An Egyptian court ordered in remand a police officer charged with killing leftist activist Shaimaa El-Sabagh during a peaceful protest, adjourning the trial to 14 May after the first session was held on Sunday.
The January killing caused local and international outrage and put a spotlight on police abuse.
The general prosecution had charged the policeman with shooting protesters with birdshot to intentionally hurt them. The defendant did not have the intention of "murder", however, the prosecution said. The shooting led to El-Sabagh's death.
El-Sabagh, a leading member of the Socialist Popular Alliance Party (SPAP), was shot while marching with a few dozen other party members to Tahrir Square to commemorate the fourth anniversary of January 25 revolution.
Rights groups harshly criticised the incident which they deemed representative of the excessive use of force by the police in dealing with peaceful protesters.
Addressing the criticism at the time, President Abdel-Fattah El-Sisi called El-Sabagh a “daughter” and insisted the perpetrator be held to account if found guilty.
Some 17 members of the party, witnesses to the killing, are standing trial on charges of participating in the same unauthorised protest with the slain activist.
Egypt's protest law, issued late-2013, stipulates protesters have to obtain police authorisation prior to demonstrations. Violators could face jail terms and heavy fines.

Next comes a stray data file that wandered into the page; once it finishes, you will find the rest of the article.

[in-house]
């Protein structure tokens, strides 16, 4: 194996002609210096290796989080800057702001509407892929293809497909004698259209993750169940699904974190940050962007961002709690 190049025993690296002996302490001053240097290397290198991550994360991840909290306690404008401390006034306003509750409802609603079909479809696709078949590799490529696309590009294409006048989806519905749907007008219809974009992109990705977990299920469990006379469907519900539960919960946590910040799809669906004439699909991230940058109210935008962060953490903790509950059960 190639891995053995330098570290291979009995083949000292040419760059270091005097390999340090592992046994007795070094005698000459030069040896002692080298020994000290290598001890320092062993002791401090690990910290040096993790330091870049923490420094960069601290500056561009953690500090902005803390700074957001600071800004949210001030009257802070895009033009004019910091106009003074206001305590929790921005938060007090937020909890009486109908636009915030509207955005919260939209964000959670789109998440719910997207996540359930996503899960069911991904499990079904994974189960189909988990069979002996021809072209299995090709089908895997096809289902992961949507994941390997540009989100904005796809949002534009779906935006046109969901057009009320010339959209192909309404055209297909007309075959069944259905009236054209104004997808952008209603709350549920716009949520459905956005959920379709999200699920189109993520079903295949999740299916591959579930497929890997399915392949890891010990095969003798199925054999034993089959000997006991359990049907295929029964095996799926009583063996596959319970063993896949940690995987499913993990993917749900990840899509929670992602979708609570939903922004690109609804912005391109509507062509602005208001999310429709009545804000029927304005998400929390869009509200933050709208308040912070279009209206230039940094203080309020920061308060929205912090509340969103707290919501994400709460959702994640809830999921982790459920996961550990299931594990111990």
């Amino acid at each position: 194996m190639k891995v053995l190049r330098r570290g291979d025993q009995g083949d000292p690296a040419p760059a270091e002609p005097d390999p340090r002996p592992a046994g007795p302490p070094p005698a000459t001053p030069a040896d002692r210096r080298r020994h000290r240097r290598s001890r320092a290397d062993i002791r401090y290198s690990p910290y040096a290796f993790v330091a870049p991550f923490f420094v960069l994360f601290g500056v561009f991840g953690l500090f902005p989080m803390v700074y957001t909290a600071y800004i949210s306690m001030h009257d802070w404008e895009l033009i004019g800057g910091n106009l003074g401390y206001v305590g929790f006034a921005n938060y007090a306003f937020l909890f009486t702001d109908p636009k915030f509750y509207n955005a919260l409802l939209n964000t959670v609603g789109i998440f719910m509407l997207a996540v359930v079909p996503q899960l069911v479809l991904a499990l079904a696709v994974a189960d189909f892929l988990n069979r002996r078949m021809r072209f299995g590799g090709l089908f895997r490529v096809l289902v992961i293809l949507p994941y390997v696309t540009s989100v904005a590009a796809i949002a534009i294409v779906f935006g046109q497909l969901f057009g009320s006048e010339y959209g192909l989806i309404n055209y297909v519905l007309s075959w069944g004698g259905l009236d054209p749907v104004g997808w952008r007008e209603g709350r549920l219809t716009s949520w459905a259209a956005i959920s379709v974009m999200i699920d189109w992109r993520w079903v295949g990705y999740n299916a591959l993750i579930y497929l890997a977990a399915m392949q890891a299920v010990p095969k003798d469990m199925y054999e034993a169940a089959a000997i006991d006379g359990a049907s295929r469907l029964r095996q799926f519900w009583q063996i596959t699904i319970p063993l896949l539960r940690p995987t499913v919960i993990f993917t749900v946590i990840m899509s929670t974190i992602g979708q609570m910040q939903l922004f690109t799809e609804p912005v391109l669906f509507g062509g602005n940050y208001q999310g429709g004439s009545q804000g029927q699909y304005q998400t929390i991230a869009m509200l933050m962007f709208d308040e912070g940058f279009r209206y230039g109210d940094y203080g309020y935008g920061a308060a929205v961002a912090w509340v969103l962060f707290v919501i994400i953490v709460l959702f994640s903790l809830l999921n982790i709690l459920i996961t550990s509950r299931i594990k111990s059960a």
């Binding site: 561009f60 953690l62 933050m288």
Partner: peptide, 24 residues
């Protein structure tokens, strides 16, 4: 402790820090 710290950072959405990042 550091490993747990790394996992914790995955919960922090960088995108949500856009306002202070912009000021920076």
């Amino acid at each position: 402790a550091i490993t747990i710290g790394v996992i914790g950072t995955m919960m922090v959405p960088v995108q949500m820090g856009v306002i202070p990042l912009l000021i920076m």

In the first session Sunday, the court, headed by Judge Mostafa Abdullah, examined pictures and videos filmed during the protest.
The plaintiffs’ lawyers requested including on the list of defendants a police field officer, the current interior minister and the former interior minister, Mohamed Ibrahim, who was in charge when the killing occurred.
A witness in the case, who also faces charges of illegal protesting, said that turning witnesses into defendants shows that authorities are not sincere about prosecuting the killer.
“If it was not for the media pressure and the public fuss over the incident, there wouldn’t have been a case,” Mohamed El-Sherif said.
El-Sherif himself was injured during the protest with birdshot to the head and shoulder.
Another witness, Khaled Hawas, criticised the charge sheet that did not include murder charges, and which might lead to a lighter sentence.
Over recent months, several police members were referred to trial for abuse, torture and killing of civilians in different instances, including in detention facilities.
In April, the general prosecution referred two police officers to trial over charges of torturing a detainee to death in a police station in Cairo's low-income district of Matariya.
In a separate incident Friday, three policemen were detained over accusations of beating a prisoner to death.